Greetings, everyone: I’m looking for an online sources that offer fittings & detail parts, especially for modern tugboats. I have Hobby Engine’s 1:36 scale Richardson tugboat which is already pretty well detailed, but I’d like to replace its two deckhouse life rings with better looking ones & add a few others in appropriate locations. I’m also looking for a life raft drum & a few other detail parts here & there. Most of all I’d like to find navigation lights for the mast. The housings can be most any material but the lenses must be clear. I’m going to remove all of the “dummy” navigation lights on the mast & replace them with LED-lighted ones. The boat came with working port & starboard sidelights so they won’t need to be replaced. I’ve got a dredging barge designed (in my head) to use as a companion for tug. I’ve got all of the basic materials stockpiled for the barge itself plus a nice lattice boom crane for the dredge. I found a beautiful metal clamshell bucket that’s a work of art to use with the crane, too. Although I could scratchbuild things bitts & bollards I’d consider buying some as a time saver. I’ll need portholes for the deckhouse, ventilators, etc. as well. I live in western Massachusetts which is a beautiful area but there aren’t any hobby shops nearby that stock ship fittings of any sort. I used to buy fittings from A.J. Fischer & Bliss Marine but they both went out of business a long time ago. I’ve found several online shops that sell ship kits & fittings but they’re mostly for small scale sailing vessels. I’d appreciate any suggestions. Thanks, Pete
May be someone may want to make paddles using this method. If you do & you have a lathe should be no problems. First turn wooden blanks & mark centre & number of spokes required. Rap strip brass around the former cut & join to a tight fit. it is important as this will keep them the same size. Align the drill accurately to the spokes. Drill one & pin it with a short piece of spoke material, so the strip doesn't move wile drilling rest. The centre hub was divided in the lathe. On assemble three spokes in my case immediately aligned the rings, that is if the holes are right. If not fettling is the order of the day. I soft soldered mine as the structure is inherently strong. Note soldered away from the marks on blanks, to preserve them. The dishing can be seen on the finished upright wheel. This was achieved by a thick washer under the hub, & clamping the outer ring down on to the former. I did try bending the spokes before fitting. But had trouble as the rings didn't align automatically. Clean up by hand. Only Three more to make.
Long time since I saw shoe eyelets as portholes! No reason why it shouldn't sail. Let's face it some of the best sailing any of us have had is with a Star yacht from the seafront kiosk when Dad was feeling generous. Let the sails out a bit on the bowsies and off it went to the other side of the pond. I had one for years! Eventually, Mum had to make new sails as the originals rotted, so an old bedsheet or one of Dad's shirts would be run through the old Singer, ready for the next years holidays. Martin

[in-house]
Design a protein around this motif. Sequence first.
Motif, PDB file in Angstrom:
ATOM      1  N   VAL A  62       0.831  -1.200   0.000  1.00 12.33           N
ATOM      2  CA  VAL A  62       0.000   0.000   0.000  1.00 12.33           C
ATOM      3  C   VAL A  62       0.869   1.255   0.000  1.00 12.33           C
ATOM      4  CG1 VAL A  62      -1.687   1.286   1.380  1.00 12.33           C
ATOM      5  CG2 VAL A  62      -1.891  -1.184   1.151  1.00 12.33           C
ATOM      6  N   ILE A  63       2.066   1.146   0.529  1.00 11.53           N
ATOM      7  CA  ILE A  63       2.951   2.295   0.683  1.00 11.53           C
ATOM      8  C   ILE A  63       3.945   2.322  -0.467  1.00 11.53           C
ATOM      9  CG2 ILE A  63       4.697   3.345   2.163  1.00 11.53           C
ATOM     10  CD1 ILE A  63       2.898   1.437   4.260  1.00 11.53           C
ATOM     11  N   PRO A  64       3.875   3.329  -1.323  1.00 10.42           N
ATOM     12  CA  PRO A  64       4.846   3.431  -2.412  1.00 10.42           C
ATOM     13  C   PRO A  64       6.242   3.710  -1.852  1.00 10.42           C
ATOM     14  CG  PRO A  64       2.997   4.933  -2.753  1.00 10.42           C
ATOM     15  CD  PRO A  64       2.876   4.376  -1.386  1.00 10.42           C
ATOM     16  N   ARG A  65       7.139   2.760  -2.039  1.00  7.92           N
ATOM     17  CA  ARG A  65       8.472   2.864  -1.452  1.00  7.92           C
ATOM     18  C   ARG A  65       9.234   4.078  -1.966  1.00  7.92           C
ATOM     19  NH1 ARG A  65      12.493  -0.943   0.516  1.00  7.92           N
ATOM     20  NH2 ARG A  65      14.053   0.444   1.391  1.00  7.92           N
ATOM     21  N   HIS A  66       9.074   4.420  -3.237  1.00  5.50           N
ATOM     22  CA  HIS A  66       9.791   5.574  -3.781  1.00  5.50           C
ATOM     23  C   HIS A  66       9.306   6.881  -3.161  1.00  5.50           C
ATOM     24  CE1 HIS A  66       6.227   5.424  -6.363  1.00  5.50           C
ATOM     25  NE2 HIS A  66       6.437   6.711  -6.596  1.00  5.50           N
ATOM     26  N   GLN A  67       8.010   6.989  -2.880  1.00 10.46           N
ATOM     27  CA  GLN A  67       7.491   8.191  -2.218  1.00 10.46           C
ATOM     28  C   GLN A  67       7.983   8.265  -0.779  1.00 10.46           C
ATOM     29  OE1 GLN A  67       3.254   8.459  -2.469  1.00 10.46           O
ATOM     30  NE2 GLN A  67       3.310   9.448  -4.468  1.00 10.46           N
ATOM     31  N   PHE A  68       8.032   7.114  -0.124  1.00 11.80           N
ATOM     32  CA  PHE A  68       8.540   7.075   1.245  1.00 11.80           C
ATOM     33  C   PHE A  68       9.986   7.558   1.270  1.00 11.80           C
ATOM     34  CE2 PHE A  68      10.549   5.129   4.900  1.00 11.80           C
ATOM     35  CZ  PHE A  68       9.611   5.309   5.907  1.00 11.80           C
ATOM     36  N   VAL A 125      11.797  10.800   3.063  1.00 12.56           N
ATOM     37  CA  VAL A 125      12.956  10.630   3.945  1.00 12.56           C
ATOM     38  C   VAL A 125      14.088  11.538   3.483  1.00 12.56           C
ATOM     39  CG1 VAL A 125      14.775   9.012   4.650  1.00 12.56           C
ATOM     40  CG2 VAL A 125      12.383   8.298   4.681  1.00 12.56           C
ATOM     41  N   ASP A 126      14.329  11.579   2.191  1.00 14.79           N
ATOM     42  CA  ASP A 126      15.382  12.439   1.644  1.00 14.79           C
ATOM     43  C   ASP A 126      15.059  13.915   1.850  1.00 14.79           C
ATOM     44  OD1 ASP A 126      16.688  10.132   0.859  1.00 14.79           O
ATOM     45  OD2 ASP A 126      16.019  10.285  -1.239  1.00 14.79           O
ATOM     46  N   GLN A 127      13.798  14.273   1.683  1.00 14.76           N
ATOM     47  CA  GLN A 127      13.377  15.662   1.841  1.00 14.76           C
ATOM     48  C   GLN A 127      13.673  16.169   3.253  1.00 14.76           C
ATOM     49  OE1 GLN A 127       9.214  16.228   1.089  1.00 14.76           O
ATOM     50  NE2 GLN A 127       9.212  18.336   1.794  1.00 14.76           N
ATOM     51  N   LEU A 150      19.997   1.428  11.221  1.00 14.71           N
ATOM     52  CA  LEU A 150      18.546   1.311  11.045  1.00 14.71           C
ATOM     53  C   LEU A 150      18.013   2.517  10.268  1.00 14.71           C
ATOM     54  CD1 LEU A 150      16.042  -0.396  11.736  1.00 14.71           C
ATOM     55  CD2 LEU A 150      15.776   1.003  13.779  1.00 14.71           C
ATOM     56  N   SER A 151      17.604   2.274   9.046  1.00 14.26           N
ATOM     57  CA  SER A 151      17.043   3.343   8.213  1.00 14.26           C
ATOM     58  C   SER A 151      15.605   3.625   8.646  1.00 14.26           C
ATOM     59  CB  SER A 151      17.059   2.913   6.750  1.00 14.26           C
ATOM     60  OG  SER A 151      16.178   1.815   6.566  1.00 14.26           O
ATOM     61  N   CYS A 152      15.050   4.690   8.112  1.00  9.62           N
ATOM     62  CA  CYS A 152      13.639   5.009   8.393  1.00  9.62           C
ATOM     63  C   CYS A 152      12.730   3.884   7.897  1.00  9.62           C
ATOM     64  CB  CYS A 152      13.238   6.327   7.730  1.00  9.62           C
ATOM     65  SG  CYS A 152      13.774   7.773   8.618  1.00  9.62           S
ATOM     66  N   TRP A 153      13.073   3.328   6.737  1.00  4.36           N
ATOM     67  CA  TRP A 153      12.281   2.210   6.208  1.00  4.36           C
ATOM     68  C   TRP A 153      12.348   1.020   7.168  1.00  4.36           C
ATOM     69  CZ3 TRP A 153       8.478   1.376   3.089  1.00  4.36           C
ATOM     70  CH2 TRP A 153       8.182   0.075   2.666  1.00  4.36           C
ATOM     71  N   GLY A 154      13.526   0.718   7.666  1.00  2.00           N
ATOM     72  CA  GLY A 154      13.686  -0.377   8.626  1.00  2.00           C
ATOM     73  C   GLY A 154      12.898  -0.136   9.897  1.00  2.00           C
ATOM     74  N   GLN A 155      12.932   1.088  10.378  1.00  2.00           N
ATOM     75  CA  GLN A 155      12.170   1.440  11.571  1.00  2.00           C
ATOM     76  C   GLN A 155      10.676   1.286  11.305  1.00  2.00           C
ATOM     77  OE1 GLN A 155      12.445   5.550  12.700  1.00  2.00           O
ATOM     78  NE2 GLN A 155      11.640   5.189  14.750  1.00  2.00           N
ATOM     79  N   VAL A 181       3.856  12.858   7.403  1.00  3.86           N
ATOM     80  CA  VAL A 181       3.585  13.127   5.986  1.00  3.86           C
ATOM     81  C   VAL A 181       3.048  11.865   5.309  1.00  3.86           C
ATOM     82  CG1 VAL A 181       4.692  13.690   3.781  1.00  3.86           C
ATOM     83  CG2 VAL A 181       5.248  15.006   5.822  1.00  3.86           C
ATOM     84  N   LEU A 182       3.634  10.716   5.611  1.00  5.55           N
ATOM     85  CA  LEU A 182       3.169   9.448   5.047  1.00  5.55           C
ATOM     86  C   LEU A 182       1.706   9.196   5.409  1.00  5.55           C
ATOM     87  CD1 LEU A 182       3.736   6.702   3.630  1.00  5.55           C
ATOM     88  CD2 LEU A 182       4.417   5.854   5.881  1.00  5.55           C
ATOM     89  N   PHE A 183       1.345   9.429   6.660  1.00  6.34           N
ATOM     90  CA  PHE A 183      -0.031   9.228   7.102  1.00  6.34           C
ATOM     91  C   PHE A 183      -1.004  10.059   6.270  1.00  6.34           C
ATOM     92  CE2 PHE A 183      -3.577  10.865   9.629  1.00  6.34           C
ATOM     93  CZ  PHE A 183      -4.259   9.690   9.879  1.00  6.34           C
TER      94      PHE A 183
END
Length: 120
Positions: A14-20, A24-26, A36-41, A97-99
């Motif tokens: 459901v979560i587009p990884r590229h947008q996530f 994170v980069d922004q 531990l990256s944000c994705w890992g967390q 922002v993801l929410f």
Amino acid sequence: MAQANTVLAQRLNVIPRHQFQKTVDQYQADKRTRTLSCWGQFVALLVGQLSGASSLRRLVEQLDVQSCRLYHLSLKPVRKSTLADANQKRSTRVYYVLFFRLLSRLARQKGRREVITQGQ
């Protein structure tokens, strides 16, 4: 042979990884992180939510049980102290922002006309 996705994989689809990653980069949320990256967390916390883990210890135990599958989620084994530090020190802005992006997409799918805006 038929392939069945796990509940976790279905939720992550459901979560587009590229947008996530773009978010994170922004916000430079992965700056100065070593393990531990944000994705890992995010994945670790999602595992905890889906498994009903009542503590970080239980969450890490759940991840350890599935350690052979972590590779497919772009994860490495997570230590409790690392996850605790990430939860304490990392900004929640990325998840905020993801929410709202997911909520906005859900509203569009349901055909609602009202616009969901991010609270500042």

As the title say's it's hair pulling time again, I tried to fix the W/M rudder horn's but with no luck, and my local model shop do not have any collets that small. moved onto fixing the motor's and yes they were out of line so set to and make a new motor bed. I came across a site called Scale Warship (www.scalewarship.com) so I only went a got myself some Photo Etch R.N Generic Port holes and R.N Generic style Ladders, and yes the person that built her in the first place has made the port hole's way to big so out with the p40 filler. Will I ever get a run of good luck with this Ship.😁
Continued with floating light house & decided to just build a R/C model. So finished up the running gear added a couple of ladders & 10 port holes plus a couple of railings .Still need windows yet & still waiting for water in Spencers pool in Burlington Ontario to do the shake down try out . So happy model boat sailing this summer.
Now that the internal detail of the cabin has been finalised and fixing points made for each of the panels and floor pieces (all parts of the cabin detail are to be removable) I can now finally fit the cabin roof skins. Since the leading edge has an overhang which because of the lifting design hasn’t the same framework support I have decided to reinforce the joint with stainless steel pins.to ensure a perfect fit, I made a tiny jig out of brass angle that ensured all the holes in each piece lined up. I then placed pieces of silicon sheet on the parts I really didn’t want the skins to stick to the cabin framework. Fist all the pieces were position and pinned to ensure a good fit, they were then removed adhesive applied and the skins finally placed and pinned, most of the pins will be removed when it’s dry. The centre panel has an opening for the hatch so this was put in prior to fixing. After a day’s drying it’s time to see if the whole thing works as envisaged, thankfully it does. The roof will now have to be dismantled so further work can be carried out it, will also get a covering of glass matting to add overall strength.
Great Build; Tug Brooklyn has always been my favourite. For the brass Portholes/Port Lights that You used on the Deck Cabin; where they the ones supplied by Dumas, or bought elsewhere? (They look good.)